Because they’re too busy waging it.
The National Campus Life Network last week released a video featuring a monologue by Maggie McAuley, a pro-life activist at the University of Windsor.
In the video, McAuley alleges she was “spat upon” by a professor during one of her pro-life demonstrations on campus. When she complained to police, they threatened to arrest her for her lawful demonstration.
She says one man put a photo of an aborted fetus in her mailbox with the caption, “Your baby after I rape you.”
After being assaulted, threatened with rape, and subjected to much verbal abuse, McAuley went to her school’s women’s centre. Despite being a young woman victimized by men’s violence, there was no support available to her from the supposedly feminist agency on campus.
“Instead of helping me, my women’s centre denied me,” she said. “They told me they wouldn’t help me because it was a pro-choice space. Professors, campus police, the women’s centre, and my student union perpetuated a dehumanizing environment to such a degree that someone felt justified in assaulting me.”
I should probably clarify that the University of Windsor Students’ Alliance doesn’t actually have a “women’s centre.” No, the mandate of helping women on campus falls on the “Womxn’s Centre,” defined on its website as “an actively pro-choice, feminist space.”
Womxn is not the latest anti-biotic to hit the market, but rather a feminist spelling intended to stress that women—erm, womxn—don’t need “men” to exist.
The only way this agency would care about a rape threat against a pro-life woman is if the assailant was dressed as the letter ‘E’.
The center ignored two requests for comment I sent regarding McAuley’s allegations. Unsurprising, because there’s no answer that doesn’t expose the hypocrisy inherent in how many feminists view pro-life women. To blame is intersectionality—the idea that all forms of purported oppression have to be dealt with in tandem.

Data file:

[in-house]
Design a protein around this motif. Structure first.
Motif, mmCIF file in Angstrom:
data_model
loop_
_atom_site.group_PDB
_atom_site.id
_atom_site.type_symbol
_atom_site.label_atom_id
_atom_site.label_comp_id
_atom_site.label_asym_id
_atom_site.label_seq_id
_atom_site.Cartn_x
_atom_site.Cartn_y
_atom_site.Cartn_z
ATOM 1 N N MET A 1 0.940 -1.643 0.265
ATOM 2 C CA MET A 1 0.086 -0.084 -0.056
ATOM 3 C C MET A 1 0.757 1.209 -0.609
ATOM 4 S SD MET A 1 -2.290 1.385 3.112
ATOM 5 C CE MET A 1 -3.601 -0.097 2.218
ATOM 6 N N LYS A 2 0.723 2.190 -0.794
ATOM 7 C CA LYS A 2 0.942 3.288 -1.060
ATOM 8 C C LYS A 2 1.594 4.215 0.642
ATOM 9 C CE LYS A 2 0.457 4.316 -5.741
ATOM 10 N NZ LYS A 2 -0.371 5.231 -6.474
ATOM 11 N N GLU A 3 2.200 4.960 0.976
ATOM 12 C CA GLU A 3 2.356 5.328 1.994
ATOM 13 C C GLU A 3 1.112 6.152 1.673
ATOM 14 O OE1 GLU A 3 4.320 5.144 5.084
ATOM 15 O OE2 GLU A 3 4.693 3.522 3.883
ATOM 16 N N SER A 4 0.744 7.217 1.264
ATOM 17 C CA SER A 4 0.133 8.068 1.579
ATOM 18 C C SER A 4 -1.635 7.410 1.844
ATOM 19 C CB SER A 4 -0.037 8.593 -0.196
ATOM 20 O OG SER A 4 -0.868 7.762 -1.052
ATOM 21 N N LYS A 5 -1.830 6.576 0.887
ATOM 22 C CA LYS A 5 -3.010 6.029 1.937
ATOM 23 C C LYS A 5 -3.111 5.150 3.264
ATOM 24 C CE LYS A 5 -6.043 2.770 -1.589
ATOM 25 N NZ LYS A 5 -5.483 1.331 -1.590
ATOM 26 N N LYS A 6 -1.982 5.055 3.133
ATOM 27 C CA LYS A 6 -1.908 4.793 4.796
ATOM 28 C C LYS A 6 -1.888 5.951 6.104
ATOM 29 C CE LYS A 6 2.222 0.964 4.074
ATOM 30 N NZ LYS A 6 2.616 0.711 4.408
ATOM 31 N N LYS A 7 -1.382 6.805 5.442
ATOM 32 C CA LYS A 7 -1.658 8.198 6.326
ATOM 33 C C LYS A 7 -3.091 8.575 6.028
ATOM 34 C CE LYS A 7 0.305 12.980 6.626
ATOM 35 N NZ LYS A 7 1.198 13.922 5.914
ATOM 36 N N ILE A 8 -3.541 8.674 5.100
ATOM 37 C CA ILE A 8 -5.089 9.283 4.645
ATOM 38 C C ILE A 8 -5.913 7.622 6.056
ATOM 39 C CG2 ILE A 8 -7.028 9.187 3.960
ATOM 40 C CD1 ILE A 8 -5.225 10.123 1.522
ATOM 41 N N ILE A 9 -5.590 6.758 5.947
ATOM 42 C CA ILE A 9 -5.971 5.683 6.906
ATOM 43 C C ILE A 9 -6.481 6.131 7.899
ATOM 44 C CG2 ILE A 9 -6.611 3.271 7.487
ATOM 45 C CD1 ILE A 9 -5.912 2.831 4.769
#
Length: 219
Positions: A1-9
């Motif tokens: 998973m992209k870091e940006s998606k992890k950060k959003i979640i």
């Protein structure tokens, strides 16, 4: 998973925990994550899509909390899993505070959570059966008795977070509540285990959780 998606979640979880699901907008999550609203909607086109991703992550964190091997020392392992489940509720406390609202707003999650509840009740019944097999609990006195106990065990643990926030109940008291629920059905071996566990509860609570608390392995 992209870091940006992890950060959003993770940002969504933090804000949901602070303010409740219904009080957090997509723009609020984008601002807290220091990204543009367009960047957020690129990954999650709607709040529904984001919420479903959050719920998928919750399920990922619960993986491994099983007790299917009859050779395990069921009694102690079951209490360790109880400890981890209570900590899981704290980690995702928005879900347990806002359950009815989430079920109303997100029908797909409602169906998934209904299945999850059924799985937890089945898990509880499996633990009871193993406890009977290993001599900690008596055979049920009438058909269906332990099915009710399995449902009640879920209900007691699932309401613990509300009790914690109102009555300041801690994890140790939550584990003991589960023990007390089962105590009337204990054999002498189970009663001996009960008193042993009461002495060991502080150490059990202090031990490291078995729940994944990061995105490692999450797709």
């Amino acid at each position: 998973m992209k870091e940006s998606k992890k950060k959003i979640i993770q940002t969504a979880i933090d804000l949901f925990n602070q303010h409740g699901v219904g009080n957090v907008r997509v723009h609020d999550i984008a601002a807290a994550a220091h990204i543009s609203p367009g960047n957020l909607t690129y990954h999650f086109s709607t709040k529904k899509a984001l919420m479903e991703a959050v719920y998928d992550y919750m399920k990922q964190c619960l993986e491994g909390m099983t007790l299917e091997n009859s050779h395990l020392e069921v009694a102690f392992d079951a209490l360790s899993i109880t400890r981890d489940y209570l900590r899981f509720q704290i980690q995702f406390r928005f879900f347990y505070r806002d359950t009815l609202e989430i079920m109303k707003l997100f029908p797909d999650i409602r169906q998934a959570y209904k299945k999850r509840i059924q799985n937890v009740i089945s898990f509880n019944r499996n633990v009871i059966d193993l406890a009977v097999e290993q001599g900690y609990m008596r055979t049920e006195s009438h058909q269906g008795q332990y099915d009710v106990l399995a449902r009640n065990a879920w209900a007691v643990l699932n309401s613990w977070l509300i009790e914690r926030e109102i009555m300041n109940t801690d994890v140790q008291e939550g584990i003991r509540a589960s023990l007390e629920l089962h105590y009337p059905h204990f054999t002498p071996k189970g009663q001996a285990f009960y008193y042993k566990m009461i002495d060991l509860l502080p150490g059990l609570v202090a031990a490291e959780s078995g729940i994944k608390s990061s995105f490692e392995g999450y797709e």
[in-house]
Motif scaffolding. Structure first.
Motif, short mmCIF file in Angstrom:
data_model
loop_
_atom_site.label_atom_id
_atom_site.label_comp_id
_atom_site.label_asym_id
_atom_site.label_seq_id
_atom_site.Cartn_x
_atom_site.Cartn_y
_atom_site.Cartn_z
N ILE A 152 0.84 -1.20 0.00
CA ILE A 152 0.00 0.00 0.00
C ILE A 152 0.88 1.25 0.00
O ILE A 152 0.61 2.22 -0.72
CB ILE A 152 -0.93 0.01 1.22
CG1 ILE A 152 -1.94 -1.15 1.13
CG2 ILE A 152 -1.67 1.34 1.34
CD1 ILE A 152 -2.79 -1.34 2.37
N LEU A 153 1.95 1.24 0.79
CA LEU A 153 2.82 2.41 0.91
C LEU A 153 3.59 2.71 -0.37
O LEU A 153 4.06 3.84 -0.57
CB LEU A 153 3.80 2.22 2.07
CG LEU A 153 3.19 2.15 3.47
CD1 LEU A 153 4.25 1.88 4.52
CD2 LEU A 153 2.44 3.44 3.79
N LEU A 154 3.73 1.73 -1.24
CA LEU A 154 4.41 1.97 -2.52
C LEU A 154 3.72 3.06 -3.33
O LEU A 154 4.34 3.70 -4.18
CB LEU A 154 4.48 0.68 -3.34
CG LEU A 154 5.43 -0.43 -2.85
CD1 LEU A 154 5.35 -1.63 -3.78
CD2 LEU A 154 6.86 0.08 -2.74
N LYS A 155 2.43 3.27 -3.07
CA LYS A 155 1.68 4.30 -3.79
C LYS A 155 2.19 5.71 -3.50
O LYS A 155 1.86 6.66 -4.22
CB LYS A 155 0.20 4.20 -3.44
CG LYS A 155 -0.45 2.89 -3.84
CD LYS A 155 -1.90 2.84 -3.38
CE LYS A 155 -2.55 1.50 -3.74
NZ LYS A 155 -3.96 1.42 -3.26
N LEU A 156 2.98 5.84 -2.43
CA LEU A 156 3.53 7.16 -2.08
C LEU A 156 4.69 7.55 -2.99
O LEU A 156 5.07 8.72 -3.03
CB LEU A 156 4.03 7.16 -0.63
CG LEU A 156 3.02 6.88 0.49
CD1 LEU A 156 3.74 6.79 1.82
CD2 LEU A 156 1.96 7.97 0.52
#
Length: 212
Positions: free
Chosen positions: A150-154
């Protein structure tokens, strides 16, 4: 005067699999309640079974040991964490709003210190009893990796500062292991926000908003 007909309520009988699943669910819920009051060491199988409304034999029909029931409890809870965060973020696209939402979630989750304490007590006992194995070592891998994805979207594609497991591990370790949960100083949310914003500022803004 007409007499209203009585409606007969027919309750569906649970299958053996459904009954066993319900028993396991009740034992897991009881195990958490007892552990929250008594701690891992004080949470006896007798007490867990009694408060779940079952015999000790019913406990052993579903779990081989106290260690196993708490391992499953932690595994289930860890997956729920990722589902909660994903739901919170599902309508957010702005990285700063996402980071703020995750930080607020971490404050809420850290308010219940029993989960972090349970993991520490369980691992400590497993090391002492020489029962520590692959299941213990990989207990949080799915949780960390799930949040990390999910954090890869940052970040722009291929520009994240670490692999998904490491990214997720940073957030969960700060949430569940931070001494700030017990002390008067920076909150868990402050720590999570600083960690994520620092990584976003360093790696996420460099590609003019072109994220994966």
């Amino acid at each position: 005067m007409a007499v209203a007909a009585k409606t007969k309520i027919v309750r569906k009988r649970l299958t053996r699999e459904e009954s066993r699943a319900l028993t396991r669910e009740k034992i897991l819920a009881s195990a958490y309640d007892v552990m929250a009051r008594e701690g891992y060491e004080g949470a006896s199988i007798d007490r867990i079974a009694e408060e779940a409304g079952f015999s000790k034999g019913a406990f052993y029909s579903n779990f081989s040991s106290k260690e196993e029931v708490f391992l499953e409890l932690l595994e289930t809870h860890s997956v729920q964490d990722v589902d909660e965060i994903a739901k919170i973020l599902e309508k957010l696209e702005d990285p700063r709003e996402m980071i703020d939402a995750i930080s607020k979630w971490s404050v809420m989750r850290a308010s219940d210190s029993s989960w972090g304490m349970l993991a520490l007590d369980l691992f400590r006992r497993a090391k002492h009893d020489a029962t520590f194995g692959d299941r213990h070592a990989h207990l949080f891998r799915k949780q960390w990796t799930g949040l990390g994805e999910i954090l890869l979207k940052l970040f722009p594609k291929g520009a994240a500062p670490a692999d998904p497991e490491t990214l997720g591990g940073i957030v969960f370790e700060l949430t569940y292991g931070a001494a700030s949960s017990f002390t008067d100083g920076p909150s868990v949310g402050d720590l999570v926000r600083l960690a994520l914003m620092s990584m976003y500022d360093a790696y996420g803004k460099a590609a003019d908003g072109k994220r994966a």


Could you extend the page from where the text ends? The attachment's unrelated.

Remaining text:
A woman facing threats and violence from men used to wield a social justice trump card. Now, victimhood is not determined by what happens to a woman, but by what she believes. At the University of Windsor, being pro-life is the new “she was asking for it.” McAuley learned this the hard way by not espousing the ‘correct’ identity politics.
This was apparent on a national scale when the federal Liberal caucus waged procedural war on Lethbridge, Alberta member of parliament Rachael Harder, the Conservatives’ shadow minister for status of women.
Harder is a millennial female in political leadership. That used to be the type of person lionized by the Left, but any celebration is eclipsed by the fact that she thinks abortion is wrong. She isn’t alone, but that doesn’t seem to matter.
A 2016 Ipsos poll found little distinction between men and women in likelihood to be pro-choice or pro-life. Of men, 57 per cent said a woman should be able to choose when and if she has an abortion, while 58 per cent of women took the same stance.
In disagreeing with that, Harder is on-side with more than four in 10 Canadian woman, yet to the Liberals, that disqualifies her from chairing the committee tasked with championing women’s issues in government.
It’s true that female public figures face different kinds of criticism than their male counterparts do. That problem is even more amplified for pro-life women, who are subjected to untold numbers of sexual comments and detailed critiques of their appearance from internet troglodytes. But there’s an added dimension of scorn from the liberals and feminists who present themselves as bastions of enlightenment and social justice.
These voices accuse pro-life women of being traitors to their sex and attack them for not hewing to intersectional feminist theory. They’re too daft to see how hypocritical it is to tell a woman what she’s supposed to think. Is that not the paternalism against which feminists are supposed to be fighting?
This attitude is not exclusive to pro-life women, of course. It’s the same phenomenon that’s led to the denigration of “white feminists”—women accused of having too much privilege to speak to social issues. It’s also at the epicenter of the feud between intersectional feminists and TERFs (or trans-exclusionary radical feminists) on the issue of transgender identity.
Identity politics is so engrained in liberalism that the Left does not accept or even understand the idea of a member of one of its preferred groups going rogue, ideologically.
It reminds of a quip by transgender trailblazer Caitlyn Jenner at the 2016 Republican National Convention.
“It was easy to come out as trans,” Jenner said. “It was harder to come out as a Republican.”
It’s easier for the Left to get the idea of a woman having a penis than it is to understand a woman with a penis liking gun rights and lower taxes.
If support for a group is contingent on ideological beliefs, that support is a sham. If those on the Left want any credibility in speaking up about the war on women, they’d do well to address their part in it.